Ford said the report created by LACOE is meant to dig deep and thoroughly into the school’s academics, operations and finances, but that it does not tell the whole story of the charter school.

“It is our job to tell the rest of the story,” CEO Ford said.  “Our school is an academically rigorous, operationally sound and financially solvent organization. We are a safe haven for all students and have a dedicated and highly qualified staff.”

Ford said Albert Einstein staff are preparing a rebuttal to the report and are “confident” that they will be successful in their rebuttal before the Los Angeles County Board of Education. She also believes they will be successful in seeking renewal.

If denied by the LACOE Governing Board, however, it is unknown yet whether Albert Einstein officials will appeal the decision to the State Board of Education.

Proposed denial

According to LACOE, the board can deny a charter appeal if it creates written factual findings to support one of more grounds for denial and to highlight the charter’s failure to meet criteria in the Education Code.

County staff cited concerns about the school’s past performance in academics, finances and operations.

In regards to academics, the report stated that the school’s successes in student achievement are not equal across all student groups with achievement gaps among different ethnic groups.

LACOE also noted that Albert Einstein’s demographics do not mirror those of the Hart District, serving fewer low income and English Learner students, as well as having fewer students with disabilities in their school.

County staff members had concerns that there were no English Language Development program, no special education program and no comprehensive descriptions of student intervention measures.

LACOE staff also noted many concerns with the finances, both past and present, of Albert Einstein.

“Over the past few years, the authorizing district has noted Einstein has not complied with the terms of its charter or legal requirements, including the failure to complete its 2013-14 and 2014-15 annual audits by the statutory deadline,” the report read.

These financial concerns include negative net assets, a lack of appropriate fiscal policies relating to intercompany dealings, delinquent audits and outstanding loans and settlements.

In 2014, Albert Einstein was the subject of an extraordinary audit, or Fiscal Crisis & Management Assistance Team (FCMAT) audit.  It raised concerns about possible fraud, misappropriation of funds and illegal practices due to a lack of internal control in the organization.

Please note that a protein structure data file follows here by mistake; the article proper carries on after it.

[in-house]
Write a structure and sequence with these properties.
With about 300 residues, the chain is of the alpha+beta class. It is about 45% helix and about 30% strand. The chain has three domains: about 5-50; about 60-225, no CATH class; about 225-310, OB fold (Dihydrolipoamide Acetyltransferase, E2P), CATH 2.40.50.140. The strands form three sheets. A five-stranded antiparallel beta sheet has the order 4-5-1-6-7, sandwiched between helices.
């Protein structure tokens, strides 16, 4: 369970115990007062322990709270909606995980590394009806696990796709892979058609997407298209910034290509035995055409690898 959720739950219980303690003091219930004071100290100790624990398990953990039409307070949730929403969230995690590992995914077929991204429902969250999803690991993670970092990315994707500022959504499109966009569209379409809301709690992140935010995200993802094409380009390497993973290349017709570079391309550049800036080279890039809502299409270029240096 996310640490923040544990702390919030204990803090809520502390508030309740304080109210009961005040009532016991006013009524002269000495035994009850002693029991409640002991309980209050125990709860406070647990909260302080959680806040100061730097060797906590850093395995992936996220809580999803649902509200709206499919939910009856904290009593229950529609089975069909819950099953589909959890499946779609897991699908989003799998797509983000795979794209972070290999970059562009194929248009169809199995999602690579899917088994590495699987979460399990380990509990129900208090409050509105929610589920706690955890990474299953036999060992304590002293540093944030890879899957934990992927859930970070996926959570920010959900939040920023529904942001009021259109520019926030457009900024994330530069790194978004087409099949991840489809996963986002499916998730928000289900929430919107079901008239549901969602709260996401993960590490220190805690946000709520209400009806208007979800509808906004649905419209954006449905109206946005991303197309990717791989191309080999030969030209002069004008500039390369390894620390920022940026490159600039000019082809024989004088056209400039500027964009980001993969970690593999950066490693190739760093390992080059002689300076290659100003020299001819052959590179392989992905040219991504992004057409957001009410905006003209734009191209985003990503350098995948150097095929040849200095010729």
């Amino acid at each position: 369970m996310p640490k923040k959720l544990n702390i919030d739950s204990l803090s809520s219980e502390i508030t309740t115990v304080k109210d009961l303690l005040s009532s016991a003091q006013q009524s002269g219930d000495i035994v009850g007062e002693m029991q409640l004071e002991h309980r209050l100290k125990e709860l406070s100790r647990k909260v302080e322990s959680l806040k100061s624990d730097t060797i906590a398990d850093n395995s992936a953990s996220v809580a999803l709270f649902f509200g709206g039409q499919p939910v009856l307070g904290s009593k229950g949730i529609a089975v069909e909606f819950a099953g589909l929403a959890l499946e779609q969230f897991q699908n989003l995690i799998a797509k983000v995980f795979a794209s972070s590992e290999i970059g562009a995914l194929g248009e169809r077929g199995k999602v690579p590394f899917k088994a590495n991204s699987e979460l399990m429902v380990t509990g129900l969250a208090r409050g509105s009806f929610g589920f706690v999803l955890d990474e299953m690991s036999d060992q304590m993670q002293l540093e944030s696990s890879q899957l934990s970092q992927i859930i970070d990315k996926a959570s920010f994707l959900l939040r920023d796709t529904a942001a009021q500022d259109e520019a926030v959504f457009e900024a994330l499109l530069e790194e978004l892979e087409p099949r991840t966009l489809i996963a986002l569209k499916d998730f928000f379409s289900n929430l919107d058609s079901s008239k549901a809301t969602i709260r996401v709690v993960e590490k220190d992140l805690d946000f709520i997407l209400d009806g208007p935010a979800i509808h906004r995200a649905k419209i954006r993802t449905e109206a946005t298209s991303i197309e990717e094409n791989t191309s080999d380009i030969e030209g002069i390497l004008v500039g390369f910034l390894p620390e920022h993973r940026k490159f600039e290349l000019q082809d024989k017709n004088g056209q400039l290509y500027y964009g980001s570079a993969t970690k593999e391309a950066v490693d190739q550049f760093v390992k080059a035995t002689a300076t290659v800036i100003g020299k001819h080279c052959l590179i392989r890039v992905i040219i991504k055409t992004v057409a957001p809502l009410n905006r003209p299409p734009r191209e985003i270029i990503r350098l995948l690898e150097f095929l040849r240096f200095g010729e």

This concern was also due to the school’s operation under its charter management group, with funds being diverted to the organization, its foundation and other schools.

AEALAS Inc. operates three other schools in Los Angeles County, including Agua Dulce and STEAM in Valencia, and one in Westlake, Ohio.

The corporate identity owes money to the Albert Einstein charter and its structure creates a concern for the local governance and management of the charter school.

Currently in its seventh year of operations, AEALAS has an enrollment of 465 students in grades 7 to 12.

Its charter was first authorized in 2010 by the Hart Governing Board for two years before it was reauthorized in 2012 for a five year term.

In its March 1 denial, the Hart District first cited increases in pupil academic achievement for all student groups as the “most important factor” for renewing its charter.

Ultimately, the school denied the charter because the school’s “troubled governance and management, together with a lack of transparency and conflicts of interest, result in a lack of accountability and unsatisfactory outcomes for students and the public.”

The school then appealed the district’s decision to the County Board of Education the following week.  LACOE then had 60 days from receiving the charter petition to make its final decision on the school.

ccox@signalscv.com
661-287-5575
On Twitter as @_ChristinaCox_

About the author

Christina Cox

Christina Cox

Christina Cox is a multimedia journalist covering education, community and breaking news in the Santa Clarita Valley. She joined The Signal as a staff writer in August 2016.